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The Swachh Bharat Abhiyan’s Failure

Seven years after Prime Minister Narendra Modi began the Swachh Bharat Abhiyan with great hoopla, it is clear that we are unable to clean up the decaying garbage that has grown so widespread on our streets across the country. 

Pavements are nearly impossible to come by in our towns and cities. We need a lot more trash cans and public restrooms, according to simple logic. That is, however, the easiest part. The more difficult part is keeping them clean and useful.

Not only do we spit everywhere, but we also shit everywhere and throw our trash anywhere. India is without a doubt the dirtiest, unsanitary, and filthiest country on the planet. Picking up where we left off, our Prime Minister announced the Swachh Bharat. programme to clean up India, which was a wise decision. He has proposed an ambitious campaign to create 12 million residential toilets. 25 million public toilets, and 3 million community toilets for urban households. At a cost of Rs.62009 crores to the country.

This is not an amount we are unable to pay. Will India become a cleaner, healthier, more hygienic nation that is less unpleasant to the eyes and nose? I didn’t believe it at the time, and it’s clear now that the Swachh Bharat. Campaign has been more of a failure than a success thus far.

. Intentions, however, are not everything. He had no idea how to put his plans into action. His goals were lofty. He also wants to develop 100 smart towns with drinking water available 24 hours a day, zero rubbish disposal, and 100% solid waste management using full-scale drainage and sewerage systems. A hundred additional cities were promised in the BJP’s programme. And rightly so, for by 2050, India’s urban population would have nearly doubled, with an additional 450 million people living in cities. This urbanisation will also be the country’s main source of economic growth.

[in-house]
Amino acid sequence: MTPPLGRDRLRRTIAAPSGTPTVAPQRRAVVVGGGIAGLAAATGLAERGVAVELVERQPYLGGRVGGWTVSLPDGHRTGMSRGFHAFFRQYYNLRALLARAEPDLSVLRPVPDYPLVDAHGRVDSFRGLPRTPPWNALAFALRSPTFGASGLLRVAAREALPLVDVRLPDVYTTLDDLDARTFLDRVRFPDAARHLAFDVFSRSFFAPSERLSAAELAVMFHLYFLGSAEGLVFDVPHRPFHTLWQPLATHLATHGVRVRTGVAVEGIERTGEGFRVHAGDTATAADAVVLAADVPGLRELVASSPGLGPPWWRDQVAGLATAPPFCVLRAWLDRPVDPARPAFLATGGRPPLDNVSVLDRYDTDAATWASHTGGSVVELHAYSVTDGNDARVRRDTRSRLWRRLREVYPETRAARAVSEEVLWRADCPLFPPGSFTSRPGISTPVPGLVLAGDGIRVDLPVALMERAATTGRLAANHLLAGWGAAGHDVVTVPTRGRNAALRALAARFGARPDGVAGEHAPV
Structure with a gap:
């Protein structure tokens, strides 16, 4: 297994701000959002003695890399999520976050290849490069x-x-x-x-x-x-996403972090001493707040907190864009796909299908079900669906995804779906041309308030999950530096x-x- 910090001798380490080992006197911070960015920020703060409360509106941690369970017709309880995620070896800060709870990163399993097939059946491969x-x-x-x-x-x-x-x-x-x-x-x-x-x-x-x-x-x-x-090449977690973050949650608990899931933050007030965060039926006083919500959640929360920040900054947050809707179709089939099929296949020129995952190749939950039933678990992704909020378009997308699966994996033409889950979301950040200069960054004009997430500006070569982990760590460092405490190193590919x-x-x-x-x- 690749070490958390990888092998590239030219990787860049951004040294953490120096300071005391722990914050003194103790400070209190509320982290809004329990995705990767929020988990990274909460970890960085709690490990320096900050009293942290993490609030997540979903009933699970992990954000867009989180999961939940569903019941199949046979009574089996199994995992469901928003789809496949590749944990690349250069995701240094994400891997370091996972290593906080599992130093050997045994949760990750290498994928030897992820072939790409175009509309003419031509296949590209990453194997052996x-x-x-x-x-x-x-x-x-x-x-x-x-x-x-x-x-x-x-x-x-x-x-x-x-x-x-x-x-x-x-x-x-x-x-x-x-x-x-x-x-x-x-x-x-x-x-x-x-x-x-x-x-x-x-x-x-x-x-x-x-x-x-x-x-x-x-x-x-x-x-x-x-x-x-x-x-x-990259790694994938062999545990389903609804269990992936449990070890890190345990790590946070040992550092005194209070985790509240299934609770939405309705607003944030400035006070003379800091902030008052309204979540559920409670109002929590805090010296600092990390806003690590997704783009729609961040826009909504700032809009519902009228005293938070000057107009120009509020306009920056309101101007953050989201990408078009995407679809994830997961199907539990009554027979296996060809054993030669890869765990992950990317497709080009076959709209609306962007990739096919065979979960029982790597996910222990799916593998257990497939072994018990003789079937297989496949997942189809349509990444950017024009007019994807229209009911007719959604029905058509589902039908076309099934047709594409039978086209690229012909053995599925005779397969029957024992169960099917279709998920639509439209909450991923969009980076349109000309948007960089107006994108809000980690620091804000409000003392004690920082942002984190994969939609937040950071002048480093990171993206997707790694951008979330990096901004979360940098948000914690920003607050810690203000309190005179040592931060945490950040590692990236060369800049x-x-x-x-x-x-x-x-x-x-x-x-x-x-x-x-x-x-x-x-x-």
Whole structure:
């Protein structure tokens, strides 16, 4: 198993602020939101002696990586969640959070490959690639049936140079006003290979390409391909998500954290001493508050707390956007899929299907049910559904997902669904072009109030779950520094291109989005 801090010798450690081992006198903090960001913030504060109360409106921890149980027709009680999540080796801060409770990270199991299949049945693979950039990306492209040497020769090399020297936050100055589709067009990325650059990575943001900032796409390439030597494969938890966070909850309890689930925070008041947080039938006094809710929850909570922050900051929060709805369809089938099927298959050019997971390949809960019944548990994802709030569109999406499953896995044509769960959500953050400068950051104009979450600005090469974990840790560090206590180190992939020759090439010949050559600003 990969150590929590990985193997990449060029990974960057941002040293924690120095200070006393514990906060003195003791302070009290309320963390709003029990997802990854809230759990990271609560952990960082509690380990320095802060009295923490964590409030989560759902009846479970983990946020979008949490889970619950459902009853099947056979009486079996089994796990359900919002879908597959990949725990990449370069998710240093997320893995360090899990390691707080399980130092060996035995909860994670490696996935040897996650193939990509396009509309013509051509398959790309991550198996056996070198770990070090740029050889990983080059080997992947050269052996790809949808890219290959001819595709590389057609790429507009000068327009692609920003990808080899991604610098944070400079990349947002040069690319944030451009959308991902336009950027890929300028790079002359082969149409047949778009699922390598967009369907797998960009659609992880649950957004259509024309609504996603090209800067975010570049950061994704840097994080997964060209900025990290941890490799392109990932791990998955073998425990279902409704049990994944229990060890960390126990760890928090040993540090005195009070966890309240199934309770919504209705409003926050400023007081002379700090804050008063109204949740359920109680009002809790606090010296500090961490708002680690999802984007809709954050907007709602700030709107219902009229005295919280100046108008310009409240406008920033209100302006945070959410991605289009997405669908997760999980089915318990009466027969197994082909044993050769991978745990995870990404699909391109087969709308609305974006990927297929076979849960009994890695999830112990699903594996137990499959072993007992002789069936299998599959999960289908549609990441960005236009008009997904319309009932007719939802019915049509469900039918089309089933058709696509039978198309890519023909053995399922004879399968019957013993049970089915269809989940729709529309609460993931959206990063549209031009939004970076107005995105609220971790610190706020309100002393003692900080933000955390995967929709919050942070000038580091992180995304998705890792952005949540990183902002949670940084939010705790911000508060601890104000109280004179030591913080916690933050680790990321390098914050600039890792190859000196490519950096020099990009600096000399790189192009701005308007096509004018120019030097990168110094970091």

This framework lacked the necessary democratic drive and was incapable of meeting the needs of rural development. There are a number of reasons for this outcome, including political and bureaucratic resistance at the state level to share power and resources with local level institutions, local elites’ dominance over the majority of welfare payments, a lack of local capacity, and a lack of political will. As a result, no worthwhile local government exists in India’s rural areas. It’s as though ordinary people have lost control of their life and have become captives of faraway lords’ whims and preferences.

The Prime Minister has done a good job of emphasising the need of keeping one’s surroundings clean. While people should not litter and should dispose of their trash in designated areas, it is the responsibility of the relevant tier of government to remove the garbage and dispose of it.  It is commendable to construct restrooms in public locations and institutions and to encourage people to use them, but it is the state’s responsibility to keep them operational and clean.

Government is not working, as seen by the state of most governmental facilities, notably the Central Secretariat. The Prime Minister should concentrate on why the government in India fails to deliver services. Only then would he be able to create a Swachh Bharat.

Suggested Read: Recycling Waste management System

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